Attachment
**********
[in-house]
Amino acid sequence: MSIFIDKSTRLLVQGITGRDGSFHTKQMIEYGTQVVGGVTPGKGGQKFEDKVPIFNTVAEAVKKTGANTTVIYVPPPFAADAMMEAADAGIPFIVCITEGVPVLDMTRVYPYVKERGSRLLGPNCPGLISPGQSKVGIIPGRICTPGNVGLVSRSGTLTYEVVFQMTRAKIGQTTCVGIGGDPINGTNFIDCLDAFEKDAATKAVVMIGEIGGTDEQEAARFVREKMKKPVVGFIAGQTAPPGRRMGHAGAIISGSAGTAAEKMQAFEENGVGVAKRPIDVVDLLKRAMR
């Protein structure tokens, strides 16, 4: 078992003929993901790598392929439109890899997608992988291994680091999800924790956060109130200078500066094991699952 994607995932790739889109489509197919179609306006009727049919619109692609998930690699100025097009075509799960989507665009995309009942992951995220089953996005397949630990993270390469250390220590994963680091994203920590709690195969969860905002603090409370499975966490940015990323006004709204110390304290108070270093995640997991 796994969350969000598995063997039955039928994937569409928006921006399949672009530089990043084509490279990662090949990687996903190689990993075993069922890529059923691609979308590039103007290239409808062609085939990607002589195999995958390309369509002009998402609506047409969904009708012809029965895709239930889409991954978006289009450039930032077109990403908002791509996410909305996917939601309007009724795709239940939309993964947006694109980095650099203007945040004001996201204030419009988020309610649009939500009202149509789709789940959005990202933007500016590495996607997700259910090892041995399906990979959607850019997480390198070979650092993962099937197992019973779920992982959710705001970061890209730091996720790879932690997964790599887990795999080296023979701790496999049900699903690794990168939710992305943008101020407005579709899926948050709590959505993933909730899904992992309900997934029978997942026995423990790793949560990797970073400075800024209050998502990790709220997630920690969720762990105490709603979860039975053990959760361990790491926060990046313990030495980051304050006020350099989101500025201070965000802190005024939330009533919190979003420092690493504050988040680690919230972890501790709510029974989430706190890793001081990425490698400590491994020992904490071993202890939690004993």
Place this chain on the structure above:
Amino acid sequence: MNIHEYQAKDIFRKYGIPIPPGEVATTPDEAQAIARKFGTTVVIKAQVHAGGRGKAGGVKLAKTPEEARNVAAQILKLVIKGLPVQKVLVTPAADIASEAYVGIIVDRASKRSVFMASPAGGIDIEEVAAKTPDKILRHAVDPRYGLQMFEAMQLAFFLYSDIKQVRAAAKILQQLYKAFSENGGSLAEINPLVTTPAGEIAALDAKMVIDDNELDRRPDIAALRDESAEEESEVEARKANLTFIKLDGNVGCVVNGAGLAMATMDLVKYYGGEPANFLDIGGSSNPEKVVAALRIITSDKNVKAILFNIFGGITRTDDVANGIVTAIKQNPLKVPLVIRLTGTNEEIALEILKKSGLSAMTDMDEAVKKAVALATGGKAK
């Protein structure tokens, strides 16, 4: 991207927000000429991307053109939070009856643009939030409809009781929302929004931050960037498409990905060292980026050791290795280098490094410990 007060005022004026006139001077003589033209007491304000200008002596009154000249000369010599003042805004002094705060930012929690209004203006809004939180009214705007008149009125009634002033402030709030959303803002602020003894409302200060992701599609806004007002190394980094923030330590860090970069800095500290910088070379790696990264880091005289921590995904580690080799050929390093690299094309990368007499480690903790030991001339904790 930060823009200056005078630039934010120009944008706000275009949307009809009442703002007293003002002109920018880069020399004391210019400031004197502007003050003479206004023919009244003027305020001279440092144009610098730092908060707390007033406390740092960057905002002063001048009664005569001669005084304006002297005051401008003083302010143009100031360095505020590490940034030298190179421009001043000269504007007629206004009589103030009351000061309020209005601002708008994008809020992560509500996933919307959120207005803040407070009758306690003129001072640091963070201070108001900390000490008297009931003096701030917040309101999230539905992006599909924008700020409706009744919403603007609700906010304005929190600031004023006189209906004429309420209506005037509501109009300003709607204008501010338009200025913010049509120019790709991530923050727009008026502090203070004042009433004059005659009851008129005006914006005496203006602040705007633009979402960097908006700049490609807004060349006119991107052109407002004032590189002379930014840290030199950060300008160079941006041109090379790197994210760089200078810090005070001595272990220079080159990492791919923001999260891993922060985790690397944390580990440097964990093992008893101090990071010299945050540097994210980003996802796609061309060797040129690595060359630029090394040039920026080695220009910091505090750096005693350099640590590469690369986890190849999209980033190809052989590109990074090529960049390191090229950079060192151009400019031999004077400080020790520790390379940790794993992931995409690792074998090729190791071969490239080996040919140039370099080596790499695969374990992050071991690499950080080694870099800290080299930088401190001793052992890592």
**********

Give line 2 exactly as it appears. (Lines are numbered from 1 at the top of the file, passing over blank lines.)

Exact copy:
Amino acid sequence: MSIFIDKSTRLLVQGITGRDGSFHTKQMIEYGTQVVGGVTPGKGGQKFEDKVPIFNTVAEAVKKTGANTTVIYVPPPFAADAMMEAADAGIPFIVCITEGVPVLDMTRVYPYVKERGSRLLGPNCPGLISPGQSKVGIIPGRICTPGNVGLVSRSGTLTYEVVFQMTRAKIGQTTCVGIGGDPINGTNFIDCLDAFEKDAATKAVVMIGEIGGTDEQEAARFVREKMKKPVVGFIAGQTAPPGRRMGHAGAIISGSAGTAAEKMQAFEENGVGVAKRPIDVVDLLKRAMR